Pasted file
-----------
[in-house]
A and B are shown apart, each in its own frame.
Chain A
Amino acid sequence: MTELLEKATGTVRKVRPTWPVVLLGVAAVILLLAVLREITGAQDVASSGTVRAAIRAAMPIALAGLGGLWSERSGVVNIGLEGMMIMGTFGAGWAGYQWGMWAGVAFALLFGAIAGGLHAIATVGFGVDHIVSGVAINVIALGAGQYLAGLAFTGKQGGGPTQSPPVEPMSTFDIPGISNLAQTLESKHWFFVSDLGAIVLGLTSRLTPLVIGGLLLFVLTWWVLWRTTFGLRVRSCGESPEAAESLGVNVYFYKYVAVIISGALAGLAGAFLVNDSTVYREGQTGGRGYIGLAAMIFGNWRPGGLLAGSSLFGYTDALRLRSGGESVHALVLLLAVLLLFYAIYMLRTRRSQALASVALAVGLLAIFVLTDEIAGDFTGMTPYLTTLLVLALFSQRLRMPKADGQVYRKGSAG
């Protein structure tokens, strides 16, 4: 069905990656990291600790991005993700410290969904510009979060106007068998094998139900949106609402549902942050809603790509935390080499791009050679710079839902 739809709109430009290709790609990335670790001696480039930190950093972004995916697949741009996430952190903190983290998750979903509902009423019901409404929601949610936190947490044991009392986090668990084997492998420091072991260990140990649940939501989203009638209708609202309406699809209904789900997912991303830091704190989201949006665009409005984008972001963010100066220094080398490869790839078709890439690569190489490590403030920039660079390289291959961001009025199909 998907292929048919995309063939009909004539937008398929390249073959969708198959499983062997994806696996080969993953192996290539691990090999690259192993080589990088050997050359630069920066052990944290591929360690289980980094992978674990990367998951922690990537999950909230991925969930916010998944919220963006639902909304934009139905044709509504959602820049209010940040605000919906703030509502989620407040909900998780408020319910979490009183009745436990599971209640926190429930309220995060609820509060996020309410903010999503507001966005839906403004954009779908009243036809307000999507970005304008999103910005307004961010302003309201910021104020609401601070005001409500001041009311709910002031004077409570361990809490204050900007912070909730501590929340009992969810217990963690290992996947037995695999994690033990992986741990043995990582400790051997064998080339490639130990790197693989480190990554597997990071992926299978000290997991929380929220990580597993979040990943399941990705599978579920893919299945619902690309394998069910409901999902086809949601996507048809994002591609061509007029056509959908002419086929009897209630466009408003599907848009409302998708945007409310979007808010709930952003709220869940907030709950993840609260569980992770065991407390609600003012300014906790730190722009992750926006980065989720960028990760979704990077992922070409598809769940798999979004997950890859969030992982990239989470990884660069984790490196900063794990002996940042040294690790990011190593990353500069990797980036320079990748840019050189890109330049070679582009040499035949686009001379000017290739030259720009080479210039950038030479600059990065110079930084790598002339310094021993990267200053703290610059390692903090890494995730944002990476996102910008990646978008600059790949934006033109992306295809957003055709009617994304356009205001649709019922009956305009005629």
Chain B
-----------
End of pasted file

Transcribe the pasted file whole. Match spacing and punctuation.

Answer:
[in-house]
A and B are shown apart, each in its own frame.
Chain A
Amino acid sequence: MTELLEKATGTVRKVRPTWPVVLLGVAAVILLLAVLREITGAQDVASSGTVRAAIRAAMPIALAGLGGLWSERSGVVNIGLEGMMIMGTFGAGWAGYQWGMWAGVAFALLFGAIAGGLHAIATVGFGVDHIVSGVAINVIALGAGQYLAGLAFTGKQGGGPTQSPPVEPMSTFDIPGISNLAQTLESKHWFFVSDLGAIVLGLTSRLTPLVIGGLLLFVLTWWVLWRTTFGLRVRSCGESPEAAESLGVNVYFYKYVAVIISGALAGLAGAFLVNDSTVYREGQTGGRGYIGLAAMIFGNWRPGGLLAGSSLFGYTDALRLRSGGESVHALVLLLAVLLLFYAIYMLRTRRSQALASVALAVGLLAIFVLTDEIAGDFTGMTPYLTTLLVLALFSQRLRMPKADGQVYRKGSAG
């Protein structure tokens, strides 16, 4: 069905990656990291600790991005993700410290969904510009979060106007068998094998139900949106609402549902942050809603790509935390080499791009050679710079839902 739809709109430009290709790609990335670790001696480039930190950093972004995916697949741009996430952190903190983290998750979903509902009423019901409404929601949610936190947490044991009392986090668990084997492998420091072991260990140990649940939501989203009638209708609202309406699809209904789900997912991303830091704190989201949006665009409005984008972001963010100066220094080398490869790839078709890439690569190489490590403030920039660079390289291959961001009025199909 998907292929048919995309063939009909004539937008398929390249073959969708198959499983062997994806696996080969993953192996290539691990090999690259192993080589990088050997050359630069920066052990944290591929360690289980980094992978674990990367998951922690990537999950909230991925969930916010998944919220963006639902909304934009139905044709509504959602820049209010940040605000919906703030509502989620407040909900998780408020319910979490009183009745436990599971209640926190429930309220995060609820509060996020309410903010999503507001966005839906403004954009779908009243036809307000999507970005304008999103910005307004961010302003309201910021104020609401601070005001409500001041009311709910002031004077409570361990809490204050900007912070909730501590929340009992969810217990963690290992996947037995695999994690033990992986741990043995990582400790051997064998080339490639130990790197693989480190990554597997990071992926299978000290997991929380929220990580597993979040990943399941990705599978579920893919299945619902690309394998069910409901999902086809949601996507048809994002591609061509007029056509959908002419086929009897209630466009408003599907848009409302998708945007409310979007808010709930952003709220869940907030709950993840609260569980992770065991407390609600003012300014906790730190722009992750926006980065989720960028990760979704990077992922070409598809769940798999979004997950890859969030992982990239989470990884660069984790490196900063794990002996940042040294690790990011190593990353500069990797980036320079990748840019050189890109330049070679582009040499035949686009001379000017290739030259720009080479210039950038030479600059990065110079930084790598002339310094021993990267200053703290610059390692903090890494995730944002990476996102910008990646978008600059790949934006033109992306295809957003055709009617994304356009205001649709019922009956305009005629």
Chain B